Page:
188 Boulevard Haussmann,
4th July 1877
My dearest Julius,
I was unable to answer your letter yesterday evening, as I was out at some friends, so I must sit down & write to you this afternoon, in time for the post. You will be disappointed dear, at not receiving the photographs at the same time as this letter, but I have not received them yet; if they do not arrive in a day or two, I must enquire about them. Thank you for sending me the old ones of yourself, I like the little one particularly, you look such a good little boy.
I am glad your roses are sufficiently advanced to send to the flower show & hope that you get a prize though you don’t expect any. Do you know dear, you pleased me very much by telling me you had placed two nice roses by my portrait, it was a little chivalrous attention which I thoroughly appreciate.
So you had a quiet Sunday, ours was not so, as we had friends back to lunch & to dinner. Eugéne Jonssense[?] & another young Frenchman in the same regiment; poor fellows, they do so enjoy being away for one day, from the life they hate so much & are like schoolboys out of school till draws near the hour for the last train, & they have to go back. The review took place last Sunday, we saw some of the troops, the Marshall & his staff as we came away from afternoon service.
I have managed, since I last wrote to you, to break off an engagement, or rather to cause the parties, whose name I cannot mention, to do so, it was a kind of half and half affair, with no prospect of marriage for years, & I thought, not sufficient affection on the young man’s part, to make it likely to last; so, as they both consulted me, I advised them if they would not be openly engaged, to break it off completely, & they have done so. I hope I was not wrong but I did what I thought best for both of them. Somehow I have several times had things of the kind confided to me, & I rather wish people wouldn’t, as it is often difficult to know what to say for the best.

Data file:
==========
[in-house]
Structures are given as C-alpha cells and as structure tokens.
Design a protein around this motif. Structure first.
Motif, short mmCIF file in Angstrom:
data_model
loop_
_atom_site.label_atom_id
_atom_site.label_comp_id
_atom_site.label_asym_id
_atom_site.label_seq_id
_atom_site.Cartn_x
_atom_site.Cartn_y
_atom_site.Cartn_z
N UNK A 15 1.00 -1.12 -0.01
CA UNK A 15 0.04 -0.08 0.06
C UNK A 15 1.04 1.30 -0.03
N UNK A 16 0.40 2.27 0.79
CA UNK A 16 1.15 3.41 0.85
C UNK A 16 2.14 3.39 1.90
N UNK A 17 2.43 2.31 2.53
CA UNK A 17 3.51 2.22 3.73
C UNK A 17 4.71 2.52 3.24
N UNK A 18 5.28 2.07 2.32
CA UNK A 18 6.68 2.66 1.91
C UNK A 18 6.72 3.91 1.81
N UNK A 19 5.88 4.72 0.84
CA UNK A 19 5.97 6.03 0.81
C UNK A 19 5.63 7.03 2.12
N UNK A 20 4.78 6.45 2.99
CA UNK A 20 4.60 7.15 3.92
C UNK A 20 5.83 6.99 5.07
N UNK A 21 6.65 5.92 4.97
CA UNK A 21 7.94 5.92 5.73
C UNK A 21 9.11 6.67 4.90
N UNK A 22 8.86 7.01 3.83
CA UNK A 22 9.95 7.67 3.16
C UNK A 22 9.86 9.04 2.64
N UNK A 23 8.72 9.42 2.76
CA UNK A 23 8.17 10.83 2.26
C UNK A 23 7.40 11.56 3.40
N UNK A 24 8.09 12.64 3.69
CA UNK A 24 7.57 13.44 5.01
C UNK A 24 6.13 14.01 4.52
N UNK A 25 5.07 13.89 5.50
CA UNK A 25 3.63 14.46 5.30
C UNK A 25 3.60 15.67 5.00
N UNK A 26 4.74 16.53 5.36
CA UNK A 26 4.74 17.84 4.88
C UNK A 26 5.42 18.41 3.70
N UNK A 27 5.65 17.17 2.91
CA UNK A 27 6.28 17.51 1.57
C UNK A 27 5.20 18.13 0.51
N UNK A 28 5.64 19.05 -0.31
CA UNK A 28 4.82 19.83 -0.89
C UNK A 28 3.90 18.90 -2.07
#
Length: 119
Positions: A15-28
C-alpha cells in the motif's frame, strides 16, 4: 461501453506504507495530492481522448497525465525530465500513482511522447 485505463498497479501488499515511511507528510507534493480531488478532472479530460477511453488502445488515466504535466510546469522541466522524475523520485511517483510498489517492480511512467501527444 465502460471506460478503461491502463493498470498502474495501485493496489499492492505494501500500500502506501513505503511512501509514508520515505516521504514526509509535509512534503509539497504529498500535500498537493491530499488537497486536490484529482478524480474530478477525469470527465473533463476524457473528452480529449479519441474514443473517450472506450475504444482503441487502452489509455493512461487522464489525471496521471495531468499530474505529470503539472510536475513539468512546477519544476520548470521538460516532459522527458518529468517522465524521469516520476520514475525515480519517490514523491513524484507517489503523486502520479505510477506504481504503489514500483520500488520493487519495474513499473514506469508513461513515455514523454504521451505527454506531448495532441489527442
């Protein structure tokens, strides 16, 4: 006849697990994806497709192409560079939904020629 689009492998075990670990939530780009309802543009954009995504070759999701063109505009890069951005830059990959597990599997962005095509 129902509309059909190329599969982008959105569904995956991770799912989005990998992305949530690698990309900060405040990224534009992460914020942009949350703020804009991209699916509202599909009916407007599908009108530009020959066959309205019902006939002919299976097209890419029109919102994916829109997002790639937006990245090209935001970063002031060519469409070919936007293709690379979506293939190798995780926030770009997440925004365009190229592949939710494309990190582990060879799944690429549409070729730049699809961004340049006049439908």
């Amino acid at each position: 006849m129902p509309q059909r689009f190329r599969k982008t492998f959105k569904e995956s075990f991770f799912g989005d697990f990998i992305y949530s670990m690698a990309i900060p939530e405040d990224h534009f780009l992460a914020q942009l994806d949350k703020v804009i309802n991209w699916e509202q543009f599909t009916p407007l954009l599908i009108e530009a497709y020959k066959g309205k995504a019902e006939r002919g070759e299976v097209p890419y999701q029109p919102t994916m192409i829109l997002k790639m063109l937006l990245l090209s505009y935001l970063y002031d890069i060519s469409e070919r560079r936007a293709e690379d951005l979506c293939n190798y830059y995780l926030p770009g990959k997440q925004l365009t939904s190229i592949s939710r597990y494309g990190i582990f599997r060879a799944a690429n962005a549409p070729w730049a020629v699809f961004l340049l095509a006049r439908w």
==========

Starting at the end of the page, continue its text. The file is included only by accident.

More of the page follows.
The friends we were with last evening, live near the Northern Station & fancy Joe & I walking there & back; coming home, I had the society of a nice young man, & Joe of his pretty sister, so perhaps the walk did not seem so long. As we went through some of the streets on our way there, I thought of our drive to the station together, my darling. I am looking forward to seeing Fanny about the middle of the month on her way to Switzerland. Joe wants to know whether you are acquainted with some people of the name of Irving in Chipping Norton, & if so, who are they?
Have you met the lovely Edith lately? I hope you do not often have four ladies to entertain you, or shall I be completely forgotten! You will have seen in the papers that Ned’s case in the Tyrol is lost. I am sure it must be a dreadful disappointment to them, as they quite hoped for success; Ned is expected home this evening, Martha will be very glad to have him home again I think.
I have really answered all my letters of congratulations; Miss Lyndon’s the last one was answered Monday evening. I felt quite relieved when I had written it.
I suppose by this time Charlotte is at home again. I am glad you sent her the dark photo, & kept the light one, as I am sure it is the best, & somehow I like you to have the best. I don’t quite know why I have begun another sheet of notepaper as when I sat down to write I imagined I had nothing to say, & have let my pen run on with a great deal of rubbish, I daresay; however I feel pretty confident that my darling will read a letter of mine through however long & stupid it may be! I must stop now, though, as I have to practice, before going out to post my letter.
God bless you my darling Julius, believe me
Your own loving
Take a kiss from my name
Eugénie Narcisse Mourilyan